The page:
EV Charging: What To Look Out For In 2020

EV Charging: What To Look Out For In 2020

 

electric vehicles

 

In a previous article, we went over amazing things that had happened in the EV industry in 2019. However, 2020 is well underway and there’s a lot to look forward to in the upcoming year.

If you haven’t already jumped on the BEV bandwagon, this is the year to start investing and getting invested in one of the fastest-growing, game-changing industries. It’s a new year, it’s a new decade and it’s a great chance to turn over a new (Nissan) leaf. So here’s what we can all look forward to from the EV industry in 2020.

 

More Chargers 

At the beginning of the previous decade, there were only a few hundred charging points located throughout the United Kingdom. Now there are over 25,000 charging points across the UK. The proportion of charger types has also changed dramatically over the past ten years with an increase in high power (rapid) units being installed.

In almost a year, the number of locations of EV chargers has increased by almost 4,000, meaning more widespread coverage for the UK. Even since last year (2019), nearly 400 new locations have received a charging point installation.

Now, how about 2020? Sadiq Khan, The Mayor of London, has already announced that he will work with TfL and London Councils to invest £4million in electric vehicle charging points this year. This will cover roughly 1000 new charging points for 29 boroughs in London, this means more chances to charge for those in the capital.

 

charging points growth

 

Wireless charging 

Wireless charging has been revolutionary in the tech world. It has stopped many consumers, especially of smartphones, from having to fiddle around with wires and this year it seems that EV cars are going to be advancing the same way.

Trials of cutting-edge charging pads will take place on residential streets, car parks and taxi ranks across Greater London, the Midlands and Scotland this year. These pads pump out an alternating electromagnetic field which can be converted into electricity when a vehicle is parked on top.

The electricity output of these pads doesn’t seem to appear very high, averaging at about 20kW speeds for the fastest models (compared to the 350kW ability of a rapid charging point). However, wireless charging has some incredible benefits.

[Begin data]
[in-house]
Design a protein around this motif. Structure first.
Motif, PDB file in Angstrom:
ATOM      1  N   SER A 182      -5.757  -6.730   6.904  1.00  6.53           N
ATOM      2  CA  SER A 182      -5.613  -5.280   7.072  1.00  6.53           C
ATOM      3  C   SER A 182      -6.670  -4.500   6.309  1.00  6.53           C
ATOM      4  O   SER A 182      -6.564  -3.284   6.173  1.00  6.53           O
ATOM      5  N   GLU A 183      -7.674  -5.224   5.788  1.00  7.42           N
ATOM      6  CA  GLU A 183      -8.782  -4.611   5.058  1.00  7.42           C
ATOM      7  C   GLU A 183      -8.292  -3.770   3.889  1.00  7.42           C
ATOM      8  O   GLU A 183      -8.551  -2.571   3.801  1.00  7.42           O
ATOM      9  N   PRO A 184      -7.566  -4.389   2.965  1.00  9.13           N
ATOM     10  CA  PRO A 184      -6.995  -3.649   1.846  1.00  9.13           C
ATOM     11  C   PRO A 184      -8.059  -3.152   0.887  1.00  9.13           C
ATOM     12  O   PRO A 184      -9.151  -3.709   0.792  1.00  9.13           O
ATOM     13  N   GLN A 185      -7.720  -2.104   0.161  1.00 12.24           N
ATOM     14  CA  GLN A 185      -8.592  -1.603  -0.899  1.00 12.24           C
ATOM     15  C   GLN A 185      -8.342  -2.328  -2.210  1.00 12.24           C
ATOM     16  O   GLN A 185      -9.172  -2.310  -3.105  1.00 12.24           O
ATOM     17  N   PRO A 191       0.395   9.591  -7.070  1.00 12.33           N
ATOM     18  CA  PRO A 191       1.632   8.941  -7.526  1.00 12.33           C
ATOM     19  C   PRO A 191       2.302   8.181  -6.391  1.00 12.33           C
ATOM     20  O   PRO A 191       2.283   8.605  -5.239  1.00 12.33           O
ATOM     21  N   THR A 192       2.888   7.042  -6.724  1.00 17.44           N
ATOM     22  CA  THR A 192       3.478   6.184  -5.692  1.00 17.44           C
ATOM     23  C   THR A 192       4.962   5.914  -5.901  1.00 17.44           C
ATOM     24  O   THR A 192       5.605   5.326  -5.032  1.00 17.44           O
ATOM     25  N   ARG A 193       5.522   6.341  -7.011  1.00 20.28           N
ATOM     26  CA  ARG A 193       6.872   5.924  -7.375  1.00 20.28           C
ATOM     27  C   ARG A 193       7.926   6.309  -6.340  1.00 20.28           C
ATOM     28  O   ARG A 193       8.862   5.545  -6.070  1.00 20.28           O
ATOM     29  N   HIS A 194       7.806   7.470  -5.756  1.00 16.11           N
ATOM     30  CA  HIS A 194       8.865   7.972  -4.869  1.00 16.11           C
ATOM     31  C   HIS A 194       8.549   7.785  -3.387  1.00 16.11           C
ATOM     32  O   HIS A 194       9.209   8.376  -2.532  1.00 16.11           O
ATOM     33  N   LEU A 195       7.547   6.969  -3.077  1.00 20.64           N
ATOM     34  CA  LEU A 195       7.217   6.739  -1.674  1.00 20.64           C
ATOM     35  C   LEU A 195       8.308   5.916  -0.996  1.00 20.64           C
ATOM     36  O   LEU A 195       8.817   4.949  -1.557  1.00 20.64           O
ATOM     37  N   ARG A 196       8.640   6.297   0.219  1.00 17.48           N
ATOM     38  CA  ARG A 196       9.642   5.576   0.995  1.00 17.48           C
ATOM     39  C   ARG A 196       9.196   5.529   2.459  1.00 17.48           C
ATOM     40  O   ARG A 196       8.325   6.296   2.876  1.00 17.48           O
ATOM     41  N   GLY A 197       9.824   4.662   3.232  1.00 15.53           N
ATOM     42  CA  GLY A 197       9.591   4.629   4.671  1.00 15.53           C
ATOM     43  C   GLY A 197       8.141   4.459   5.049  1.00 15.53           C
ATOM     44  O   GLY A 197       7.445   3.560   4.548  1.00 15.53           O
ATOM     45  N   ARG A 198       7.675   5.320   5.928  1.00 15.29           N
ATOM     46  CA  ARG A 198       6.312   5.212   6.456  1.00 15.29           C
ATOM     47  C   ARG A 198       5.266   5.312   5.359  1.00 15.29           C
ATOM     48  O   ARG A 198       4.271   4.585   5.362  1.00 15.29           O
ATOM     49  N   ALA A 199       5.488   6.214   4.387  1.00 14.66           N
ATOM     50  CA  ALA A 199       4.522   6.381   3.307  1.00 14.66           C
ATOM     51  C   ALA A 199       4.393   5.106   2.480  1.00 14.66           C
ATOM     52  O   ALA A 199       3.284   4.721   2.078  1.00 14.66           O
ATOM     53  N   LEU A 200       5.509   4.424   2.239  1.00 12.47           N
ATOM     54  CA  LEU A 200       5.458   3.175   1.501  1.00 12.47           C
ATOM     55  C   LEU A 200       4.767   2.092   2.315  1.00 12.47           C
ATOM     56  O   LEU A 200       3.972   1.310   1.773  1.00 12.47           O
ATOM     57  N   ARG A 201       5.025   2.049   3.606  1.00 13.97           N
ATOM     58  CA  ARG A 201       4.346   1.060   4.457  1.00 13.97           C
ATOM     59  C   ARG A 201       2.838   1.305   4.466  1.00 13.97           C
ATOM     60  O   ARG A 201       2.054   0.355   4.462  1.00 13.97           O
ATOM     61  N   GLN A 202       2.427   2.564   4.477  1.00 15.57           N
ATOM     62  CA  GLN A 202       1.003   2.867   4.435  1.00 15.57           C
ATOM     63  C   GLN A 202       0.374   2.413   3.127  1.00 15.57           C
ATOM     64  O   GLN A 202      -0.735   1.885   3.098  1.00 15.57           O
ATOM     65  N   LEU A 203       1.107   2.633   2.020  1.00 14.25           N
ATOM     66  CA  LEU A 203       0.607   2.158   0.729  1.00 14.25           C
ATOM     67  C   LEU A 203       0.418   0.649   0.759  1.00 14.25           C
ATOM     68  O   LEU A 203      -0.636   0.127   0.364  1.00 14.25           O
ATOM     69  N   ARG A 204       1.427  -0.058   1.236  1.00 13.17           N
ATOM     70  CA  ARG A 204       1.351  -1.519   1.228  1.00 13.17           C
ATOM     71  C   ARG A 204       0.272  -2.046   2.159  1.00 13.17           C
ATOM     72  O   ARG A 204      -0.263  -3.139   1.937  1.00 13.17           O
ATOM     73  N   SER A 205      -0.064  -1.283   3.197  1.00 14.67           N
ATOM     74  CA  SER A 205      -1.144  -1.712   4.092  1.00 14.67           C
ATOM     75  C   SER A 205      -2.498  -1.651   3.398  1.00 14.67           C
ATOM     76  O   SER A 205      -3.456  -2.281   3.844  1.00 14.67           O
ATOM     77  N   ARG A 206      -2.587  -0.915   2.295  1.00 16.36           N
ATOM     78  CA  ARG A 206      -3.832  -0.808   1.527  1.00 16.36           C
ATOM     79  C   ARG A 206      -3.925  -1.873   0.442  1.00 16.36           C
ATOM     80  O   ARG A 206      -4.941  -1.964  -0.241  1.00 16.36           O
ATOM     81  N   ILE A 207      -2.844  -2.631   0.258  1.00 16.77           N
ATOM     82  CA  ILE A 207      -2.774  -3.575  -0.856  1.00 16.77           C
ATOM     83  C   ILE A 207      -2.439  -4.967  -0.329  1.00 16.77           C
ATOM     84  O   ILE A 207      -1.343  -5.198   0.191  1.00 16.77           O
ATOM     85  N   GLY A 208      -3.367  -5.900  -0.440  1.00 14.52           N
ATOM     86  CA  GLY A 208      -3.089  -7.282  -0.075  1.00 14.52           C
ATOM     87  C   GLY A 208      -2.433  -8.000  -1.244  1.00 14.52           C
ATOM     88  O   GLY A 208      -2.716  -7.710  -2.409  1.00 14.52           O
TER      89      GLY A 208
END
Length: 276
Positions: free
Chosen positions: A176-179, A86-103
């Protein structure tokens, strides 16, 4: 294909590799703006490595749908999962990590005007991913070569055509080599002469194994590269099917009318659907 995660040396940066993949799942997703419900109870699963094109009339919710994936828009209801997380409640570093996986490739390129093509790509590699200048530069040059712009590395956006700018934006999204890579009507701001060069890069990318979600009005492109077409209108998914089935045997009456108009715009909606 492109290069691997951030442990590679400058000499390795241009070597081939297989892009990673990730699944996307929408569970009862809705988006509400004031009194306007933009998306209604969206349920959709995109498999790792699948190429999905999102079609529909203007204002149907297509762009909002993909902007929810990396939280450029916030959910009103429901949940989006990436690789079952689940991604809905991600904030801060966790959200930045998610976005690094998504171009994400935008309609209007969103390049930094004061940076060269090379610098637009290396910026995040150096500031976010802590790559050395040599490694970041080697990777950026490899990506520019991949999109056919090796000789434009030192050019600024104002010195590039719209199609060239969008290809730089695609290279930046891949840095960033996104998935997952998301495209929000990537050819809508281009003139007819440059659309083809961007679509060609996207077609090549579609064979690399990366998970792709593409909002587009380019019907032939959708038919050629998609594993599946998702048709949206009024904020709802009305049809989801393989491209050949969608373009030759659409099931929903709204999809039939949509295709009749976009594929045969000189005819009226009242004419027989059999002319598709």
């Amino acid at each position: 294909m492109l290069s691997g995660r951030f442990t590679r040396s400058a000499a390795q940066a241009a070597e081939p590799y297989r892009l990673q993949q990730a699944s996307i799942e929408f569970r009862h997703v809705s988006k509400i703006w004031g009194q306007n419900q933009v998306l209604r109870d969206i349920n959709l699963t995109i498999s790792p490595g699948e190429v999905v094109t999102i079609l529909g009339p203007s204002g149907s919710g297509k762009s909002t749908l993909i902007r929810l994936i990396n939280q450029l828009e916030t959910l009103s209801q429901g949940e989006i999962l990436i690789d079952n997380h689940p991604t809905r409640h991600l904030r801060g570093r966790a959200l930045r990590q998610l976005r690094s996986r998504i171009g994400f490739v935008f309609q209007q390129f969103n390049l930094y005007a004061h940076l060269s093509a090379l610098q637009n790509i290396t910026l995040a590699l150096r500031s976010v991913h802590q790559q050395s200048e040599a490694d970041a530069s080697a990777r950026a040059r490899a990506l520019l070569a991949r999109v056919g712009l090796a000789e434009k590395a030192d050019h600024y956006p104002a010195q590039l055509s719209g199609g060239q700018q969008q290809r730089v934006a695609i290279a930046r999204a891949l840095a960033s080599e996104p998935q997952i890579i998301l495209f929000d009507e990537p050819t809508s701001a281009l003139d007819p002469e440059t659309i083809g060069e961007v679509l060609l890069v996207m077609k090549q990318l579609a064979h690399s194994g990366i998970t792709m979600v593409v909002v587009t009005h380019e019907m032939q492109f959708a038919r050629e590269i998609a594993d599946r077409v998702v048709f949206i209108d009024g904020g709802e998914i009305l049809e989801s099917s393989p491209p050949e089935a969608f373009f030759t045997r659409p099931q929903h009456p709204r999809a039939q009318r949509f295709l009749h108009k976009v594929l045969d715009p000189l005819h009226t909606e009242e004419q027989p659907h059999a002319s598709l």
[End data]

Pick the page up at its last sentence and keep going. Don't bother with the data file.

It means charging points can be installed where space is not at a premium or where people with disabilities are at risk from trailing wires.

 

Card Payments 

The government declared last July that it wants to see all newly installed rapid and high powered charge points provide debit or credit card payment by spring 2020.

Michael Ellis, Future of Mobility Minister, stated that “It is crucial there are easy payment methods available to improve electric vehicle drivers’ experiences and give drivers choice. This will help even more people enjoy the benefits electric vehicles bring and speed up our journey to a zero-emission future.”

In 2018, the use of debit cards overtook cash for the first time. It was even suggested that during the same year 3.4million people didn’t use cash at all. The increase in card payments is widely attributed to the more widespread distribution of contactless cards that make most transactions nothing more than a tap.

Although the UK isn’t a cashless society, cash payments are ranked third behind debit and credit card usage and if EV charging is to develop at a successful rate, it needs to reflect the demand of consumers and how they wish to pay for their energy.

 

government EV funding

 

Government doubles council funding for EV charge points

The Department for Transport (DfT) is set to double council funding for residential EV charge points to £10m. The money will be open to all local authorities and is available to help fund 3,600 new charge points across the country.

The government is also looking at how to make information about all public charge points openly available in a standard format for the first time. The Department for Transport will look at how real-time information could be published, showing whether charge points are in working order and currently in use.

As part of their evolving ambition to phase out petrol and diesel cars, the government continues to add support and numbers to 17,000 devices they have already assisted in some way to fund.

 

Require EV Charging Stations for your business or project? 

The need for EV infrastructure has grown year on year and we are confident that 2020 will be no different. The government are investing more time and money than ever to meet targets that will improve the nation’s environmental footprint and carbon emissions.

In public and commercial spaces, the demand for electric vehicle charging points has never been so high and it’s only going to pick up the pace. Sevadis can help your business adapt to this developing change by supplying you with charging points for your visitors and/or staff.

All of our charging points are part of the Government approved charge point lists for both commercial and residential buildings, meaning they are completely supported by the Office of Low Emission Vehicles. Make this year the year that you embrace the future.

Do you have an enquiry about electric vehicle charging points? Contact Sevadis on 0330 058 7144 or email customerservice@sevadis.com

About the author

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Technical Director of Sevadis Ltd.
3 years experience in the EV industry.